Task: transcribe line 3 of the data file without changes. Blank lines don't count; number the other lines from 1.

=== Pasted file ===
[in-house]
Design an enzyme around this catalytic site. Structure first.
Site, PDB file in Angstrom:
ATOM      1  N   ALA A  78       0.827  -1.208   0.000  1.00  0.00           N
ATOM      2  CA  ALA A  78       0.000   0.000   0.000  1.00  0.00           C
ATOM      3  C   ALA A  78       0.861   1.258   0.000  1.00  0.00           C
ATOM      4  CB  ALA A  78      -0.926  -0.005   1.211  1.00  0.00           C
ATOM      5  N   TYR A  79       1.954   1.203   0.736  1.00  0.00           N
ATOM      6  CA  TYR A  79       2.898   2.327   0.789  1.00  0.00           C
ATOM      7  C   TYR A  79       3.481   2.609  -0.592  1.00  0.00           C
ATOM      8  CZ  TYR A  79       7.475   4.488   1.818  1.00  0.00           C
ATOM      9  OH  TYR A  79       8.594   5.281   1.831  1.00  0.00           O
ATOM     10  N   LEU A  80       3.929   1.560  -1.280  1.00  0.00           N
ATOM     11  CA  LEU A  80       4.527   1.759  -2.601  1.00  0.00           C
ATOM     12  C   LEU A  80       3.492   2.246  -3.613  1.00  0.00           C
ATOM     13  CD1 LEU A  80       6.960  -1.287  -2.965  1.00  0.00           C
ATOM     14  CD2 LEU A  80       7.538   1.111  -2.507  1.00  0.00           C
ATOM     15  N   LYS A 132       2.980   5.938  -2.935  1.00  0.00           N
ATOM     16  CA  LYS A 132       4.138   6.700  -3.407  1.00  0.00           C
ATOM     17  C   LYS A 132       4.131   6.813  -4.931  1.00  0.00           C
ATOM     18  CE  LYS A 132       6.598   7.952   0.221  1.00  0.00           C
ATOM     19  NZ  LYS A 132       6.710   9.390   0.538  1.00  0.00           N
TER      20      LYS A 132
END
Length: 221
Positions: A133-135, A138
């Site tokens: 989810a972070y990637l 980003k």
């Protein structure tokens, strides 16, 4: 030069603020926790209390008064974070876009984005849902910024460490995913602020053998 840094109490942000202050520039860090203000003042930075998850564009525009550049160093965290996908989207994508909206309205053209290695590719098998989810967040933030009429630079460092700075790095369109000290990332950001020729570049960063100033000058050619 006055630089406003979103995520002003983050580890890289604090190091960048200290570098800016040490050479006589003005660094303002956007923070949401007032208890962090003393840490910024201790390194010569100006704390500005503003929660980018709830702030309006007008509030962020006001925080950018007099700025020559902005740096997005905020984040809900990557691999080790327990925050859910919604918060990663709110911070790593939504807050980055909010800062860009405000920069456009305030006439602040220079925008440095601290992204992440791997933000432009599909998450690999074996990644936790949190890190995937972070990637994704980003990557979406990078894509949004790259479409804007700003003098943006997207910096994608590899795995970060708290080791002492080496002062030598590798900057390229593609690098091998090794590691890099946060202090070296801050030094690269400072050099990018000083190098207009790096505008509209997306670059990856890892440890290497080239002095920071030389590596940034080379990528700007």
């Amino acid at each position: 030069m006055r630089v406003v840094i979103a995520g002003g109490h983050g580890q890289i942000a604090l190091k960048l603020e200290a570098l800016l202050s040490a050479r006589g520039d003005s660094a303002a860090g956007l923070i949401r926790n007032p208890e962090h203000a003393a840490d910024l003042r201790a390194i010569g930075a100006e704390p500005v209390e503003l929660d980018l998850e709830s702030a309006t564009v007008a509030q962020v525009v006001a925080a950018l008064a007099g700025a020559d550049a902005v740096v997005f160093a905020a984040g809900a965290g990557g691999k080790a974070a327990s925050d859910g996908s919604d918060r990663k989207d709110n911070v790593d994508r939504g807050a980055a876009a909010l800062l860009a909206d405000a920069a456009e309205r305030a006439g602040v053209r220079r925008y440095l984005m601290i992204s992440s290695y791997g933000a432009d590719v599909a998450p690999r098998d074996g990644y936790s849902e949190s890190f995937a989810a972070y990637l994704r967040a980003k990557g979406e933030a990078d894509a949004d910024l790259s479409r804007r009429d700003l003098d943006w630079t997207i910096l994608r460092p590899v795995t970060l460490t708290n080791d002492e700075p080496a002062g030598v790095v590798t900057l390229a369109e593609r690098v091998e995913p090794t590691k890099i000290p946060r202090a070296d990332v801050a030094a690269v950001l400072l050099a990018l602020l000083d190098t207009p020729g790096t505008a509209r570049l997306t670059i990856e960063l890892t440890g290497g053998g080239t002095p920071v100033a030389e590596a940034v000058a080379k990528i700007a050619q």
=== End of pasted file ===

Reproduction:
Site, PDB file in Angstrom: